This spring, Suhail Khan told a crowd of Muslim activists, “Just as you don’t believe in the stereotypes of Muslims in the media, don’t believe the stereotypes of conservatives that you read in the media. You might hear the bigoted statements of a few but that doesn’t mean they represent the majority of conservatives, they don’t.”

That argument gets harder and harder to credit as Trump keeps rolling—and as other Republicans squirm but don’t fully repudiate him. And yet Muslims aren’t enamored of the Democratic Party, either: There’s a reason a large portion of them remain independents. Muslims have long been conflicted about Obama, feeling that he went too far in distancing himself from Islam while trying to convince people he was not a Muslim himself during the 2008 campaign. In 2011, before Obama gave a major speech on Islam, I talked to several Muslim leaders who were generally disappointed in Obama, though they conceded he was still their best bet in 2012.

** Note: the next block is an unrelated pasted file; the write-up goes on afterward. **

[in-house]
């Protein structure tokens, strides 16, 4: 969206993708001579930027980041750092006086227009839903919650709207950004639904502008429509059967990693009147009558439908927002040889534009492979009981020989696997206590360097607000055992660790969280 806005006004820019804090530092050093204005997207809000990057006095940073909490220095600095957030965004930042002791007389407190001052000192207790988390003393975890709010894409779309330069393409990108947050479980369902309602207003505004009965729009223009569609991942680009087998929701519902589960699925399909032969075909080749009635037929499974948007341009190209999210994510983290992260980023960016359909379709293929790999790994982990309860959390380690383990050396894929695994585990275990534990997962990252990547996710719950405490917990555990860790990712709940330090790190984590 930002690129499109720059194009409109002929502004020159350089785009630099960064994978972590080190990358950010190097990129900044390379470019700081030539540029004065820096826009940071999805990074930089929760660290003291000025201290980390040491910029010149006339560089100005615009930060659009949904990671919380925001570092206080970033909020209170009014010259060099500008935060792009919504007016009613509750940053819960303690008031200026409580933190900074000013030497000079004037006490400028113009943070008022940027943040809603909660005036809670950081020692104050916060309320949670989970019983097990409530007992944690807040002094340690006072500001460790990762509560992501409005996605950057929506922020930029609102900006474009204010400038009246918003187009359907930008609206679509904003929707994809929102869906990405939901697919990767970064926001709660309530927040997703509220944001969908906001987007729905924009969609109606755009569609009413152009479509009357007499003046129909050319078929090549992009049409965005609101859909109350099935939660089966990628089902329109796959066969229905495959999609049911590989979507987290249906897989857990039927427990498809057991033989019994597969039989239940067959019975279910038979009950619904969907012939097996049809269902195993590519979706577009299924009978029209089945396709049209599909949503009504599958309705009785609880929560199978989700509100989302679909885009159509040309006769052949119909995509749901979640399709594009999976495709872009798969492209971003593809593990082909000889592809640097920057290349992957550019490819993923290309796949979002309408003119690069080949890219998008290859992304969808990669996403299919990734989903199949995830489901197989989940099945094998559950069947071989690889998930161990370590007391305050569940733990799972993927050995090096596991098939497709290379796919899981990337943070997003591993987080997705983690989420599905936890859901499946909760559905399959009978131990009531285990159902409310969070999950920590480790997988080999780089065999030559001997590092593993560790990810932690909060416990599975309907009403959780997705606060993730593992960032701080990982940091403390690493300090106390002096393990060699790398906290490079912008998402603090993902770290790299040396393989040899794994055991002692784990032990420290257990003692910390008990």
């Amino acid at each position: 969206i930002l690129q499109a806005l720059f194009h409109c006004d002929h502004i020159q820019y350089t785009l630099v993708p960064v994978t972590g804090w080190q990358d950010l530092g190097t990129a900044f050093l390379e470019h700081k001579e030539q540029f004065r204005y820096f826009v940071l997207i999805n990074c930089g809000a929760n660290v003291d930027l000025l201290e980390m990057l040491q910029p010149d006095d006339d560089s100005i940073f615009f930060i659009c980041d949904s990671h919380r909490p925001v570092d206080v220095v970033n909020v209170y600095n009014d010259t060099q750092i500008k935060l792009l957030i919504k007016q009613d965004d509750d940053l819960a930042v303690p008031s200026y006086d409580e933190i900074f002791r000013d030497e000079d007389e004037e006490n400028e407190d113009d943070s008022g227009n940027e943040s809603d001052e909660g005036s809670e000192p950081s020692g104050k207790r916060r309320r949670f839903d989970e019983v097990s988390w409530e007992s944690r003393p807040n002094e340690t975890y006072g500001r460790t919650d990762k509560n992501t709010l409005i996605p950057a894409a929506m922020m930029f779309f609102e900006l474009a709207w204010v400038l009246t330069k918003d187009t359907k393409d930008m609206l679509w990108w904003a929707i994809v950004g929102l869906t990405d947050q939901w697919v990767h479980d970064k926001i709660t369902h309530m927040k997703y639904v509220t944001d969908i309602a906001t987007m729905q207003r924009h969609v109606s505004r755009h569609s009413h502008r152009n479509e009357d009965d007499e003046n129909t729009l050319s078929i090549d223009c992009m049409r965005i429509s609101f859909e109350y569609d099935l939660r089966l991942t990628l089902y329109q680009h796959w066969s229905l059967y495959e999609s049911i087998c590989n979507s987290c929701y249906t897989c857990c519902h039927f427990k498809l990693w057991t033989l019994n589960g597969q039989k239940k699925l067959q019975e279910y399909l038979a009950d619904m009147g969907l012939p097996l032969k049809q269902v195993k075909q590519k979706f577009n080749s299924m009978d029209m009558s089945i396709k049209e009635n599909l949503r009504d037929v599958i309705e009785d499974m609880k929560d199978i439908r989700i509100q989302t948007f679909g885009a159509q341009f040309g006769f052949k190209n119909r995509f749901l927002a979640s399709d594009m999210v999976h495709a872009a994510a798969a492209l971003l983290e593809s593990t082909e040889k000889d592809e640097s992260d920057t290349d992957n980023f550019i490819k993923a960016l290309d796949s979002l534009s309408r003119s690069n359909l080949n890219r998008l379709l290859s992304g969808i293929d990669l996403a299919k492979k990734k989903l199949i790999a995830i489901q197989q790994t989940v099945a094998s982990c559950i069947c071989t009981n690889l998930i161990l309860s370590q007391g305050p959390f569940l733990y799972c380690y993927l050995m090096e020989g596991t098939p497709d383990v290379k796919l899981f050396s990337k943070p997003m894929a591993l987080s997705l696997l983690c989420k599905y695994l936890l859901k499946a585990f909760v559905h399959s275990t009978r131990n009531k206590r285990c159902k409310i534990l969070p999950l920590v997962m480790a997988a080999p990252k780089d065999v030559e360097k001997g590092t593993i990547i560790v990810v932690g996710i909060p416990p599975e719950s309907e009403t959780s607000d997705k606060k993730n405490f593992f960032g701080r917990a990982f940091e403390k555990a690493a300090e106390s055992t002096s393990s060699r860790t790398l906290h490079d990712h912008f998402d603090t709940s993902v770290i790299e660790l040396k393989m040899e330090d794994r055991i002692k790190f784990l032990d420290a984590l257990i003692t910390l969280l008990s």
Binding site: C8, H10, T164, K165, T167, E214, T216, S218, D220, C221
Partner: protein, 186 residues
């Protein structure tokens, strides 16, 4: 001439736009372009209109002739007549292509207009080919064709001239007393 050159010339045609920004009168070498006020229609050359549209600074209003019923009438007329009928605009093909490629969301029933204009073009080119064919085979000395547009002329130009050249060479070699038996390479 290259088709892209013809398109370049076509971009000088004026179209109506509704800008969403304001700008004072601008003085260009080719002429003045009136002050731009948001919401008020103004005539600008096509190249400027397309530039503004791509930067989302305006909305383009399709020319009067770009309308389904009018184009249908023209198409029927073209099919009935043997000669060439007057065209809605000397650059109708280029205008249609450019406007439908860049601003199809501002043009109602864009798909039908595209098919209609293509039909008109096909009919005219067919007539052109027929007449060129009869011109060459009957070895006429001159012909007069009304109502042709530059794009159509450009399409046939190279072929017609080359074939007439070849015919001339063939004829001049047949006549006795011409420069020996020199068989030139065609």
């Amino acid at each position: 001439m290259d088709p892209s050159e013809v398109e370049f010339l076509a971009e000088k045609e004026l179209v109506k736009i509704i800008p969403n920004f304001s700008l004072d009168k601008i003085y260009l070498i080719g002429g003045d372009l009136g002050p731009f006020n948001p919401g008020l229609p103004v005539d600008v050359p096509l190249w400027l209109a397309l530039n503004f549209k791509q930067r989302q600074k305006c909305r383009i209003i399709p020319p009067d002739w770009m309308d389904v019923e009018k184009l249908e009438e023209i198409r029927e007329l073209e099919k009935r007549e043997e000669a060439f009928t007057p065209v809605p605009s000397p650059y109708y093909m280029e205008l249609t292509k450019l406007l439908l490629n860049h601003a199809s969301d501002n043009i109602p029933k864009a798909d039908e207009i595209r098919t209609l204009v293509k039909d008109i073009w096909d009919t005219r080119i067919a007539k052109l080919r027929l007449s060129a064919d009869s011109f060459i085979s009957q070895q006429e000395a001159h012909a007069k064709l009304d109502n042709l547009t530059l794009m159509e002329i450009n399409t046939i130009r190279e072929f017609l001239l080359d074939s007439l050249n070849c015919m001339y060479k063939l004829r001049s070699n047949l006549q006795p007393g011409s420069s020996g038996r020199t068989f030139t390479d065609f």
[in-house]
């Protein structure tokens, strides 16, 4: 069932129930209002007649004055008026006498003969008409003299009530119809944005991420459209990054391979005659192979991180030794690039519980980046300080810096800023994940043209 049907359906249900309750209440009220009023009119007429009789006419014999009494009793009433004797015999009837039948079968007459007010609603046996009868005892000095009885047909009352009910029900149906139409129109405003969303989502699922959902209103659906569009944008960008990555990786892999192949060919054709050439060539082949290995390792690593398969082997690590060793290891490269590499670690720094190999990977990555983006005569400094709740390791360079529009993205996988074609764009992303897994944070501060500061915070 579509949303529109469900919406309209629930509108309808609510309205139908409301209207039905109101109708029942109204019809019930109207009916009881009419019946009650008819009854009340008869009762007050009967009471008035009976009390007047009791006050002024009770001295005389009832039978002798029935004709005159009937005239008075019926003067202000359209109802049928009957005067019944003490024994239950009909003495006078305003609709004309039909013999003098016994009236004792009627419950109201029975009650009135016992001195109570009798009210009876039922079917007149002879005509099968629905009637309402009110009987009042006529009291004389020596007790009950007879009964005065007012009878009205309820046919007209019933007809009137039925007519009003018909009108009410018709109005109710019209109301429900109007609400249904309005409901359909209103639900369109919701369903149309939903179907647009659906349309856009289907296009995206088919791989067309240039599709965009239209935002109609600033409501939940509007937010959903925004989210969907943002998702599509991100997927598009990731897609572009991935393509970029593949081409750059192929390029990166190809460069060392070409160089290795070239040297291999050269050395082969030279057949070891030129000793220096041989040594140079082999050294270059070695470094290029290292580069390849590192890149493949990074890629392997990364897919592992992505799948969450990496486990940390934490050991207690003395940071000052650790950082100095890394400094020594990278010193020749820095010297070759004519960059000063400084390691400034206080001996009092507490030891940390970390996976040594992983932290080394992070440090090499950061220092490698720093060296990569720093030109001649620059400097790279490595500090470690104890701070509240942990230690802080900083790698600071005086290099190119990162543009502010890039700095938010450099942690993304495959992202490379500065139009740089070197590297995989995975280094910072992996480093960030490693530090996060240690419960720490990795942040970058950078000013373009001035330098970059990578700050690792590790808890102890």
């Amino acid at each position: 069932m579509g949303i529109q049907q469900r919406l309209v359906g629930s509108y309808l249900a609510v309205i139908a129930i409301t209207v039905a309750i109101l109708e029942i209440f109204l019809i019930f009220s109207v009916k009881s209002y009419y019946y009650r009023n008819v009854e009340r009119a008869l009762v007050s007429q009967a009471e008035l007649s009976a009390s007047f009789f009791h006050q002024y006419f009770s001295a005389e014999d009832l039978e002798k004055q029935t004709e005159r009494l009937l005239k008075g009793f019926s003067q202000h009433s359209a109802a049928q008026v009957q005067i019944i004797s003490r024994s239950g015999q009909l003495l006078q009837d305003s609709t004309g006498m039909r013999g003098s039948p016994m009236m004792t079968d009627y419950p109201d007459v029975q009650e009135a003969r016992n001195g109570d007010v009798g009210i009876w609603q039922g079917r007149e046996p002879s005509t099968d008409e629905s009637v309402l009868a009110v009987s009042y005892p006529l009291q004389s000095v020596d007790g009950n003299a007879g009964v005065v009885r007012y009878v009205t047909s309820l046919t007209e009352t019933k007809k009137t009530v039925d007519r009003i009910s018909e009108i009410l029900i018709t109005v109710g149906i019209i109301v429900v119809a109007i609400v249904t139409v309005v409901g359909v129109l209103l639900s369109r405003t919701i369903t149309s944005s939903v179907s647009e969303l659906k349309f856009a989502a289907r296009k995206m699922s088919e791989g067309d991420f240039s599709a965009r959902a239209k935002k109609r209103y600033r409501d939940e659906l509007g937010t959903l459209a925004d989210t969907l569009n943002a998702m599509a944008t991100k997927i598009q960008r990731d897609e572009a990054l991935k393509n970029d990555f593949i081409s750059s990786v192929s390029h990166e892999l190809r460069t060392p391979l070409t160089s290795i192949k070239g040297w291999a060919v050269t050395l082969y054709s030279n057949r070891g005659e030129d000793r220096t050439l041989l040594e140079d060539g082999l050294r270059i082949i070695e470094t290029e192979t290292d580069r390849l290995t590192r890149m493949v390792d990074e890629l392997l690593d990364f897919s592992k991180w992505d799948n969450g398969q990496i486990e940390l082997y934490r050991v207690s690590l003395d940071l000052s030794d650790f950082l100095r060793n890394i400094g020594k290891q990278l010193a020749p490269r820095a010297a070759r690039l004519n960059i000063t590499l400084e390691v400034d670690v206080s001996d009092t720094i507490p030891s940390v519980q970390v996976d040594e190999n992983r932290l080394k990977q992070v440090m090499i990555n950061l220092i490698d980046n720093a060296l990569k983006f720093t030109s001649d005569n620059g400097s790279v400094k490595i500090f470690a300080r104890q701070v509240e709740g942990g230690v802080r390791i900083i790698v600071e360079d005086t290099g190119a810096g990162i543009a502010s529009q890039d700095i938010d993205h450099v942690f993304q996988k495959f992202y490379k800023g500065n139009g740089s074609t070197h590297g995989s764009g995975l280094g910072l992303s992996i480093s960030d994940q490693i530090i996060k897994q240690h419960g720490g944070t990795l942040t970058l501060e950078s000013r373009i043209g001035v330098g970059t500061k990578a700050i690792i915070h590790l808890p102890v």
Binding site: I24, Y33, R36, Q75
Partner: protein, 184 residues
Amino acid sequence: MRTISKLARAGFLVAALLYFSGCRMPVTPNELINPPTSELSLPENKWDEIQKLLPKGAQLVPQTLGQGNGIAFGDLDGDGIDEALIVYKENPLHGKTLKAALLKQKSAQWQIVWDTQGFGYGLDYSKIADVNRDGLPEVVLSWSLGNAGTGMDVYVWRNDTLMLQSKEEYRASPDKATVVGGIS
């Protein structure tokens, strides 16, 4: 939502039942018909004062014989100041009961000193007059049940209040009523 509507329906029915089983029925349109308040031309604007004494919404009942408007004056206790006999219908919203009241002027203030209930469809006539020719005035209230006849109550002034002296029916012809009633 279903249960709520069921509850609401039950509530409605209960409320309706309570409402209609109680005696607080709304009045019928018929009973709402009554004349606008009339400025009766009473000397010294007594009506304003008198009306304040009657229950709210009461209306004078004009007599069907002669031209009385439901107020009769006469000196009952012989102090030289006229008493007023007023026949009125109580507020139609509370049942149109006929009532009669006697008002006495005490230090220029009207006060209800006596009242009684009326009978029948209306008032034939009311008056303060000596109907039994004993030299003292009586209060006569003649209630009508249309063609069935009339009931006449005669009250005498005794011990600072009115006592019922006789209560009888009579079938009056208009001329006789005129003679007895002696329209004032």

Four years later, many of the same frustrations hold. Obama still has not, for example, visited a mosque in the United States—a pointed contrast with Bush. The two sitting Muslims members of the U.S. House are both Democrats, but overall the party could do much better, McCaw says. Pausing to choose his words diplomatically, he adds, “Their approach is timid.”

It’s unclear whether Hillary Clinton will be more responsive to these concerns. She blasted Trump’s proposal, and one of her closest aides, Huma Abedin, wrote an email to Clinton’s list, saying, “I am a proud Muslim.” Meanwhile, CAIR’s McCaw says the organization would respond to Trump by working to foster more Muslim American political engagement.

“There are 2,000 mosques in this country, and we plan on printing out 2,000 get-out-the-vote posters,” he says. The organization hopes to register 20,000 new voters in this cycle. That’s still a tiny portion of the electorate, but presidential elections have been decided by less.